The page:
LONDON (Reuters) - The London Metal Exchange will allow warehouses in its network to extend queues for loading out metal, and will require them to report stocks stored outside the LME system that could be brought in at a later date, it said on Friday.
The changes come after a consultation with market participants that ran from July until September.
Current rules governing queues were introduced after waiting times to take aluminum out of LME-registered warehouses in Vlissingen soared to two years and in Detroit to 700 calendar days in 2014, sparking consumer complaints.
They include queue-based rent capping (QBRC) that stipulates full rent is payable by those awaiting delivery for 30 days, half rent for 20 days and no rent after 50 days. The LME will change that to full rent for 80 days and no rent thereafter.
The first stage will be a move to 50 days of full rent payable in February next year, followed by 60 days in May, 70 days in August and 80 days in November 2020.
“Our warehouse operators tell us (current rules) are restrictive. Their ability to pay competitive incentives is limited and so the metal goes to private storage,” said LME chief executive Matt Chamberlain at a briefing.
Incentives are paid per tonne of metal going on LME warrant and are calculated using free-on-truck (FOT) rates, a payment made to warehouses to prepare metal for transport, and the rent that could be earned.
Some respondents in the consultation preferred the option of cutting rent and FOT charges as a means of attracting metal to LME warrant.
“The LME notes the risk involved in following this route given it may still not be able to compete with private storage charges,” the exchange said.
“Nevertheless the LME does intend to freeze rent and FOT rates until 2027-2028 to ensure no further widening occurs between LME and non-LME storage costs.”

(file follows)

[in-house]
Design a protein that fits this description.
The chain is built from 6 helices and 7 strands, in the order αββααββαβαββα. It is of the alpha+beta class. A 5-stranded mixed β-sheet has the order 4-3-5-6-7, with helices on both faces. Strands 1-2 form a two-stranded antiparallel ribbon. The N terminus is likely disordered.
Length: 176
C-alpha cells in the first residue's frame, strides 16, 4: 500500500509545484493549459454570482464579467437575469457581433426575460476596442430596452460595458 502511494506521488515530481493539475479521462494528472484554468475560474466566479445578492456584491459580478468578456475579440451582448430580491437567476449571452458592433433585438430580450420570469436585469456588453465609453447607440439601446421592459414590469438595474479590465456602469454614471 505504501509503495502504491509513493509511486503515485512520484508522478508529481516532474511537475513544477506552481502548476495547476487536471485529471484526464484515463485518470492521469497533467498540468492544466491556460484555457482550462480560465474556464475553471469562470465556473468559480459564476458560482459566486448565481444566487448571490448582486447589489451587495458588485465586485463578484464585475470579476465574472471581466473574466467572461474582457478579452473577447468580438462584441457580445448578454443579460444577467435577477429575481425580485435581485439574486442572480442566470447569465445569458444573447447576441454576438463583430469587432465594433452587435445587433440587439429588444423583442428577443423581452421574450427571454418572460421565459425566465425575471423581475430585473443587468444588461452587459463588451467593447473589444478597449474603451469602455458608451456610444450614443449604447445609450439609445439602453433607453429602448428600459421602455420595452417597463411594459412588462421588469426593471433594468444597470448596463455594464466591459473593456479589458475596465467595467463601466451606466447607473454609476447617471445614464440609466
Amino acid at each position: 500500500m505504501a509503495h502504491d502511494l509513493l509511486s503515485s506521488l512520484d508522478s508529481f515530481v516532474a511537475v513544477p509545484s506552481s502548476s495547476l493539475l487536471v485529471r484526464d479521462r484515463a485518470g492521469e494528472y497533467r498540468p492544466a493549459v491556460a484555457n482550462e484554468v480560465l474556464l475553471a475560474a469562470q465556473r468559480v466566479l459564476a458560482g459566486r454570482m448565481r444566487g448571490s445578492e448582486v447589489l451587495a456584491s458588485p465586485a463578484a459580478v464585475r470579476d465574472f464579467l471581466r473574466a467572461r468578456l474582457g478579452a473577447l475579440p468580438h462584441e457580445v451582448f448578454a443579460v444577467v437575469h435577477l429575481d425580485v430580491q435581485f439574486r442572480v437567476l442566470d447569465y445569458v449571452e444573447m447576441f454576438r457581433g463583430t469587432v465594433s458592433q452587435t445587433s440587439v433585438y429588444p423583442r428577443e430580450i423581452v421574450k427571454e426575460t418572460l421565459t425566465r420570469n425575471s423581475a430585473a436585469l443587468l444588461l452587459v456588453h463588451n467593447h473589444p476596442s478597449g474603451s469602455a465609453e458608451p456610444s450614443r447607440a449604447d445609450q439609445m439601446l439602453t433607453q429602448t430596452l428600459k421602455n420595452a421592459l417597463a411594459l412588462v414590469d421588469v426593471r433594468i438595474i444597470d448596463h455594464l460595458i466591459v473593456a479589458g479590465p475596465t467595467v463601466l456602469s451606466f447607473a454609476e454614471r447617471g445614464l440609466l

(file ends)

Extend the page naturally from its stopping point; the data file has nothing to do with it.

Sources say storage charges for off-warrant metal - that stored in warehouses outside the LME network - are typically below 10 U.S. cents a tonne. In contrast rent for aluminum under LME warrant could be more than 50 cents a tonne.
On the reporting of inventories, the exchange said it has a duty to address concerns around stock transparency and the right to compel market participants to report stock levels where commercial agreements reference the LME.
“The LME acknowledges that some stock may not be reportable by virtue of its storage agreement,” it said. “The LME will work with the market to incentivise the voluntary reporting of off-warrant stocks.”
Chamberlain said penalties for not reporting metal that eventually ends up under LME warrant would have to be significant and take into account the financial gains for the metal owner.
“It’s not something we’ve tried to quantify yet, (but) you want a significant impact otherwise people can just not report, wait for a backwardated market, deliver and still make a good profit,” he said.
Metal owners typically put metal on LME warrant when there is a premium or backwardation for the cash over the three-month contract.
The exchange said it would not publish the off-warrant stocks data until it was satisfied that transparency would be enhanced.
Reporting by Pratima Desai; editing by Jason Neely